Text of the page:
Q: When you are in the middle of a drive and you see there’s six or seven defensive backs on the field, do you feel like you have to make the defense pay for playing that personnel by running the football?

JM: I think there’s a lot of things that go into those decisions. Look, there’s a lot of teams that play really well with nickel and dime defense on the field. The Chargers do, too, and they have had a lot of success this year doing that. You don’t ever want the other team to dictate what you do because then you become predictable. But, when we put certain groupings out there, if you feel like you have an advantage one way or another, then you certainly want to try to play to it. I don’t think that really happened yesterday necessarily. I thought we were just trying to execute our game plan. I thought our guys did a decent job of doing that, especially in the first half, whether it was a run or a pass. We actually passed the ball more than we ran it in the first half and the game in general. All in all, I think what matters is our execution and I thought our guys did a good job of communicating. We got a lot of different looks with different groupings on the field from them as the game wore on and that’s a lot to sort out sometimes. Give Tom and David Andrews a lot of credit for really setting the table and distributing our blockers properly, not only in the running game but in protection. Then trying to just be sound and run good football plays and stay ahead on the down and distance, and I thought we tried to do that for the most part in both the run game and the pass game.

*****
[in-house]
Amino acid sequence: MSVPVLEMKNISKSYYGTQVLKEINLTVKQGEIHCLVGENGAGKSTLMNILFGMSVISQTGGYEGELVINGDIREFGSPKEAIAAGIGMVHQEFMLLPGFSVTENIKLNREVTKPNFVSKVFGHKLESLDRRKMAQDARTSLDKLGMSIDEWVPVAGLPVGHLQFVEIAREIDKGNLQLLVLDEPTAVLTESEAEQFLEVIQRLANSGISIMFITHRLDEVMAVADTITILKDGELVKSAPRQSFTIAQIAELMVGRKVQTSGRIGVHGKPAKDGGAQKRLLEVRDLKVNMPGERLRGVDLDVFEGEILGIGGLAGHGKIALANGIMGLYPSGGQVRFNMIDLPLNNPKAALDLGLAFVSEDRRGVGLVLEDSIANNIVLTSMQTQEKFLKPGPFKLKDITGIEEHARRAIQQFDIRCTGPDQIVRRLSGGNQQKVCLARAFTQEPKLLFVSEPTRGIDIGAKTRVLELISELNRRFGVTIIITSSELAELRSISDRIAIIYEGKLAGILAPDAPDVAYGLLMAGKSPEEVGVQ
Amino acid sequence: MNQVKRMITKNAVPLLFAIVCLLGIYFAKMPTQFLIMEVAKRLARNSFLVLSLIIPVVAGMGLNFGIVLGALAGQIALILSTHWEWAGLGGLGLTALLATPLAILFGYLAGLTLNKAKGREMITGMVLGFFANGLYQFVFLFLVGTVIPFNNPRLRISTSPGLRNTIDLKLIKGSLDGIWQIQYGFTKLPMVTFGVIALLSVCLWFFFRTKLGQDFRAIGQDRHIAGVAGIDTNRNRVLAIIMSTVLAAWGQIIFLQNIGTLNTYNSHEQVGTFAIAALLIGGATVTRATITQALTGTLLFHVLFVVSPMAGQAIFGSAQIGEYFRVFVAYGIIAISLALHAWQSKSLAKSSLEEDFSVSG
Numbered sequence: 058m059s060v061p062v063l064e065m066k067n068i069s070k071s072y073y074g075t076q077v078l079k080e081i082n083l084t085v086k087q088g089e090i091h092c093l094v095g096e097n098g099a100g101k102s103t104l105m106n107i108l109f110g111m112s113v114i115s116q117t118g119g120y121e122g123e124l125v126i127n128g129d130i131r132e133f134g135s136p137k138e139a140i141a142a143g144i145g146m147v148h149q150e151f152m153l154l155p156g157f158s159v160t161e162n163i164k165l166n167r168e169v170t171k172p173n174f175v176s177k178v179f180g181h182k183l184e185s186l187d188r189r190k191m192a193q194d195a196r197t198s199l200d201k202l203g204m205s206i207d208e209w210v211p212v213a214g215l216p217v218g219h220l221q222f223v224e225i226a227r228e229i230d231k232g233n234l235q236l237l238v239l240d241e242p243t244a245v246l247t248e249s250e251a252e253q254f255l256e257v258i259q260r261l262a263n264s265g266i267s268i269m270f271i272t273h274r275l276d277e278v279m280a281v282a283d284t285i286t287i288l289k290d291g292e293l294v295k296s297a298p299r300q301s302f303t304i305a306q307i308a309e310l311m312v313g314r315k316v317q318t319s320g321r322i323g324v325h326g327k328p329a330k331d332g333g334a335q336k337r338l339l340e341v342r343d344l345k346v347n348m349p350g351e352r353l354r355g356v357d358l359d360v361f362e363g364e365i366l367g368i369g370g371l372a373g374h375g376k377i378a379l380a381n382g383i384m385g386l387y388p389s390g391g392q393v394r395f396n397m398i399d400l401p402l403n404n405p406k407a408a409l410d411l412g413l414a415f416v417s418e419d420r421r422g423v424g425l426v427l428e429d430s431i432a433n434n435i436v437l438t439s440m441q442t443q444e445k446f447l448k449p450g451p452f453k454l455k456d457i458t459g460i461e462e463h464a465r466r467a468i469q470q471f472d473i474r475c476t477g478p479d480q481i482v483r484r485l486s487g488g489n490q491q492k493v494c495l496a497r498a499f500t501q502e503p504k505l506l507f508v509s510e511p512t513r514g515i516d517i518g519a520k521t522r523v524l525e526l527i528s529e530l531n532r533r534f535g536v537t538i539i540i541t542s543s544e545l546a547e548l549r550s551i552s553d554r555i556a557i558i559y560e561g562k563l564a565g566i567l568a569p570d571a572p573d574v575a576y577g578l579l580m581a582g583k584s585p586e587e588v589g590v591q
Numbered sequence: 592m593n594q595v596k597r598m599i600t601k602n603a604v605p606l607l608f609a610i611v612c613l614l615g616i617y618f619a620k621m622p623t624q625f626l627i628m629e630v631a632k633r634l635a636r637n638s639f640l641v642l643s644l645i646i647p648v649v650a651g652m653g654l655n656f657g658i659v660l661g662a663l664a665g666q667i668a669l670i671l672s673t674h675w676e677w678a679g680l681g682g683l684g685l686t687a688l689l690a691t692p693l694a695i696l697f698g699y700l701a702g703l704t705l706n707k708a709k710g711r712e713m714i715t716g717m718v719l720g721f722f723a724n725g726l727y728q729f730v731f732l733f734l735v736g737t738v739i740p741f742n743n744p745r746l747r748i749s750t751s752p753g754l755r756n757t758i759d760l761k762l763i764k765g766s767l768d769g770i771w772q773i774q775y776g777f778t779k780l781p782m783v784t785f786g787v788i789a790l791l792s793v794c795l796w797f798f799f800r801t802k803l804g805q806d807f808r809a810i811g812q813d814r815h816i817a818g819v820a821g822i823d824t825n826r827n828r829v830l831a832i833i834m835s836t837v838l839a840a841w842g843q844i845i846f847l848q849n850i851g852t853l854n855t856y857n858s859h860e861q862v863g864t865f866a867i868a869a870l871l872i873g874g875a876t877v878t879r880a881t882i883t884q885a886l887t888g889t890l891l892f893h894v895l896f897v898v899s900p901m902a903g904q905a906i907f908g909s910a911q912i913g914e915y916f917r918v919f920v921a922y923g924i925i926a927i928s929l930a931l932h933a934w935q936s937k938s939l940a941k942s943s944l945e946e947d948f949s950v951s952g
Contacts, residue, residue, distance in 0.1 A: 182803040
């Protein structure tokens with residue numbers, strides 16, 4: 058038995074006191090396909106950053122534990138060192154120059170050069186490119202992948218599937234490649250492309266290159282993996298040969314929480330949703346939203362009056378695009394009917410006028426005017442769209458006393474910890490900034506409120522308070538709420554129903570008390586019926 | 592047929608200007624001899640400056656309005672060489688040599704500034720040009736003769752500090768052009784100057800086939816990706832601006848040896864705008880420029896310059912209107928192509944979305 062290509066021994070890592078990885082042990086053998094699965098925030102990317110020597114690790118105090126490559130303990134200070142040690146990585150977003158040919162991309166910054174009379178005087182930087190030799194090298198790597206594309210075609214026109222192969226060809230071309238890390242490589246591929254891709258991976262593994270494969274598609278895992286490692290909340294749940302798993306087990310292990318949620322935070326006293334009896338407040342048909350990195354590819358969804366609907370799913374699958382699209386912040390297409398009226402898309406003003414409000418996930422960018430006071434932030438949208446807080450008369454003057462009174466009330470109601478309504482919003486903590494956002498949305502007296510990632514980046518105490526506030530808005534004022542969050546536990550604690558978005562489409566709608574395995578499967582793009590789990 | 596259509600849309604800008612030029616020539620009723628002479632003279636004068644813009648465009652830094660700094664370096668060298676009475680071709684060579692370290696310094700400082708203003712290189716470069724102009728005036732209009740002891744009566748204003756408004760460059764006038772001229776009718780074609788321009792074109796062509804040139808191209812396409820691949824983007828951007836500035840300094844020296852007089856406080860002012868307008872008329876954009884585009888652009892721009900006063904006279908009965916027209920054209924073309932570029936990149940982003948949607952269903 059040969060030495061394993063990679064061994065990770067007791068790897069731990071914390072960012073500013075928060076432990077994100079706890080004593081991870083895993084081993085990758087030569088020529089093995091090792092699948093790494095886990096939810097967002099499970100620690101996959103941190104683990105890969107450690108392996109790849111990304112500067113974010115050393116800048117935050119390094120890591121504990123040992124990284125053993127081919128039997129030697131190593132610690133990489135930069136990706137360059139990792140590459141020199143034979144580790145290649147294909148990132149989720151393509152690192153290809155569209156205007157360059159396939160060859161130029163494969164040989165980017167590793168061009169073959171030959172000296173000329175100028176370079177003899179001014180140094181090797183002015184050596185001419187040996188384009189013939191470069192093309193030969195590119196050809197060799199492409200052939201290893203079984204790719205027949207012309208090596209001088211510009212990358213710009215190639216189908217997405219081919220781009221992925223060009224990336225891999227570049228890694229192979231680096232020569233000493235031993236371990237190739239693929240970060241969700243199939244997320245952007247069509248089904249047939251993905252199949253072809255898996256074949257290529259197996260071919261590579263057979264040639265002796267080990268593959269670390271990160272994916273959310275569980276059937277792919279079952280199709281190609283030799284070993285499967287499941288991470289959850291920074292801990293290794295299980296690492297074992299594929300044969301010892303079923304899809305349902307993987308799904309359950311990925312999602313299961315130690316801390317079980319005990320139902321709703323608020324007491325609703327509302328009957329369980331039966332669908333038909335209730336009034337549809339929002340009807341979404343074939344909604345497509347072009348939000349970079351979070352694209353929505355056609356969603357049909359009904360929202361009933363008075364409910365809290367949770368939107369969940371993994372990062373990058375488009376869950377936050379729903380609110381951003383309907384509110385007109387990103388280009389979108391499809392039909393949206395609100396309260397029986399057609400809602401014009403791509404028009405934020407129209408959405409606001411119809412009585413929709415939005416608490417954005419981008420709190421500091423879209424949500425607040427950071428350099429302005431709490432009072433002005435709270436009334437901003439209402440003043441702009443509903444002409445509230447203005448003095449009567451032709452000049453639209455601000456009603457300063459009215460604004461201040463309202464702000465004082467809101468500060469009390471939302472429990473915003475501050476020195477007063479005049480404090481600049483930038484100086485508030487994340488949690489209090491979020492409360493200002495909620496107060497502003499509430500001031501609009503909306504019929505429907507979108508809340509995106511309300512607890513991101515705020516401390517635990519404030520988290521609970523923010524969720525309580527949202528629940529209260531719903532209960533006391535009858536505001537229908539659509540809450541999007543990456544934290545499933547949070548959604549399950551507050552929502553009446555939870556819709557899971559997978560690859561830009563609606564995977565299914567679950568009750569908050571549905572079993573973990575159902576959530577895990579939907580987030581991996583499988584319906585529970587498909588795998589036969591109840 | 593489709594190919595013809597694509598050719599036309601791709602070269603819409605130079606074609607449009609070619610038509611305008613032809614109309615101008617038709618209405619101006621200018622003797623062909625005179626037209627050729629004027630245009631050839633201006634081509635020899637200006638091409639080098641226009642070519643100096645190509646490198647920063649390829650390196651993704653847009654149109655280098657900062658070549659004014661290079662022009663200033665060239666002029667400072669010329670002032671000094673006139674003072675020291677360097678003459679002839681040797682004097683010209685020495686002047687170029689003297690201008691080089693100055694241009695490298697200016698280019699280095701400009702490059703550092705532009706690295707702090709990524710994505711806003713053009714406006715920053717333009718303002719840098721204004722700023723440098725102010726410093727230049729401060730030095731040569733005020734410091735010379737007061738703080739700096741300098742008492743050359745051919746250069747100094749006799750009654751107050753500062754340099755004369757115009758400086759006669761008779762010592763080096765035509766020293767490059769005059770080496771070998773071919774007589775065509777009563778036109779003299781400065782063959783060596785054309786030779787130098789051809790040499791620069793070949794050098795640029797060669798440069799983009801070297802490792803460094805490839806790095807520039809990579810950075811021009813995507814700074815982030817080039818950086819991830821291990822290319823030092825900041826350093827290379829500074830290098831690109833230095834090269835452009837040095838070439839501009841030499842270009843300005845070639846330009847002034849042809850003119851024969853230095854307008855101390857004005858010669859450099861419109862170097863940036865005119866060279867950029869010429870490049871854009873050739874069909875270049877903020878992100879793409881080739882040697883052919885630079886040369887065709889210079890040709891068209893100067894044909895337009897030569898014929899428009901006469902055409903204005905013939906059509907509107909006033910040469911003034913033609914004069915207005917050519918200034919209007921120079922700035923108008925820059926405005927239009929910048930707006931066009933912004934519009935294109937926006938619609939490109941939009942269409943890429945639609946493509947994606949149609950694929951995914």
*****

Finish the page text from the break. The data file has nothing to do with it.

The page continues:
Q: I think we see from Tom Brady a really good ability to be able to use his eyes and look off defenders and not give up where he’s going. Do you agree that it’s something he’s particularly good at and where does that come from? Is that a product of his experience, is that natural talent and how have you seen him progress in that area?